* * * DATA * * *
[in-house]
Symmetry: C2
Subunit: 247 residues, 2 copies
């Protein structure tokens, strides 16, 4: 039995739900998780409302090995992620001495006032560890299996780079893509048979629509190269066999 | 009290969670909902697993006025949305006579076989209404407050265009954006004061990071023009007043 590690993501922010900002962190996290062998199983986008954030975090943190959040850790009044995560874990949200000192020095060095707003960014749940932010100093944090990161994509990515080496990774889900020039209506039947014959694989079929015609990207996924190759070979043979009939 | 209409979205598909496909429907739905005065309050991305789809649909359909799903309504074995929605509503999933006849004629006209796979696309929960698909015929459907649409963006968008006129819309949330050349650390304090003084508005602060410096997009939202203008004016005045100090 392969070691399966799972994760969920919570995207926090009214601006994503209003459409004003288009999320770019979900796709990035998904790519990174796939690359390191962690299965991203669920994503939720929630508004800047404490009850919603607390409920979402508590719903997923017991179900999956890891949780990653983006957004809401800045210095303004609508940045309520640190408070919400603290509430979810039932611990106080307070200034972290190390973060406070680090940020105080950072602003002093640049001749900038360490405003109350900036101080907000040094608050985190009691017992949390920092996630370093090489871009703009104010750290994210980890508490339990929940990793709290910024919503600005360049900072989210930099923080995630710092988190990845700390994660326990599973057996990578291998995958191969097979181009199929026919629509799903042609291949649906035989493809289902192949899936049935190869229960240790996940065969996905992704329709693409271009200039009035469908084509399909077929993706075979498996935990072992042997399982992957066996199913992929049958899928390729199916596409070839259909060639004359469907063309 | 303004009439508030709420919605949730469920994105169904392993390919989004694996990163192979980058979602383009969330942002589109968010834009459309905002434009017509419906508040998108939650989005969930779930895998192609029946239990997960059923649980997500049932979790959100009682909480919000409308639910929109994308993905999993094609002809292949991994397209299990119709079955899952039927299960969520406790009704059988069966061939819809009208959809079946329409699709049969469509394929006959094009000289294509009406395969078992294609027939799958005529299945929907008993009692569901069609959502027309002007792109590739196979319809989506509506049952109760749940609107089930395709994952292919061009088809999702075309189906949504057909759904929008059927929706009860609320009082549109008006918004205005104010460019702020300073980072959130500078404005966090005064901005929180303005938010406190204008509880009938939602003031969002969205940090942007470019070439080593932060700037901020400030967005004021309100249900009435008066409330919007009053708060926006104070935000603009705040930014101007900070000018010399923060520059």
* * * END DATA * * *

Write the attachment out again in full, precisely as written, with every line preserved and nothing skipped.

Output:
[in-house]
Symmetry: C2
Subunit: 247 residues, 2 copies
């Protein structure tokens, strides 16, 4: 039995739900998780409302090995992620001495006032560890299996780079893509048979629509190269066999 | 009290969670909902697993006025949305006579076989209404407050265009954006004061990071023009007043 590690993501922010900002962190996290062998199983986008954030975090943190959040850790009044995560874990949200000192020095060095707003960014749940932010100093944090990161994509990515080496990774889900020039209506039947014959694989079929015609990207996924190759070979043979009939 | 209409979205598909496909429907739905005065309050991305789809649909359909799903309504074995929605509503999933006849004629006209796979696309929960698909015929459907649409963006968008006129819309949330050349650390304090003084508005602060410096997009939202203008004016005045100090 392969070691399966799972994760969920919570995207926090009214601006994503209003459409004003288009999320770019979900796709990035998904790519990174796939690359390191962690299965991203669920994503939720929630508004800047404490009850919603607390409920979402508590719903997923017991179900999956890891949780990653983006957004809401800045210095303004609508940045309520640190408070919400603290509430979810039932611990106080307070200034972290190390973060406070680090940020105080950072602003002093640049001749900038360490405003109350900036101080907000040094608050985190009691017992949390920092996630370093090489871009703009104010750290994210980890508490339990929940990793709290910024919503600005360049900072989210930099923080995630710092988190990845700390994660326990599973057996990578291998995958191969097979181009199929026919629509799903042609291949649906035989493809289902192949899936049935190869229960240790996940065969996905992704329709693409271009200039009035469908084509399909077929993706075979498996935990072992042997399982992957066996199913992929049958899928390729199916596409070839259909060639004359469907063309 | 303004009439508030709420919605949730469920994105169904392993390919989004694996990163192979980058979602383009969330942002589109968010834009459309905002434009017509419906508040998108939650989005969930779930895998192609029946239990997960059923649980997500049932979790959100009682909480919000409308639910929109994308993905999993094609002809292949991994397209299990119709079955899952039927299960969520406790009704059988069966061939819809009208959809079946329409699709049969469509394929006959094009000289294509009406395969078992294609027939799958005529299945929907008993009692569901069609959502027309002007792109590739196979319809989506509506049952109760749940609107089930395709994952292919061009088809999702075309189906949504057909759904929008059927929706009860609320009082549109008006918004205005104010460019702020300073980072959130500078404005966090005064901005929180303005938010406190204008509880009938939602003031969002969205940090942007470019070439080593932060700037901020400030967005004021309100249900009435008066409330919007009053708060926006104070935000603009705040930014101007900070000018010399923060520059």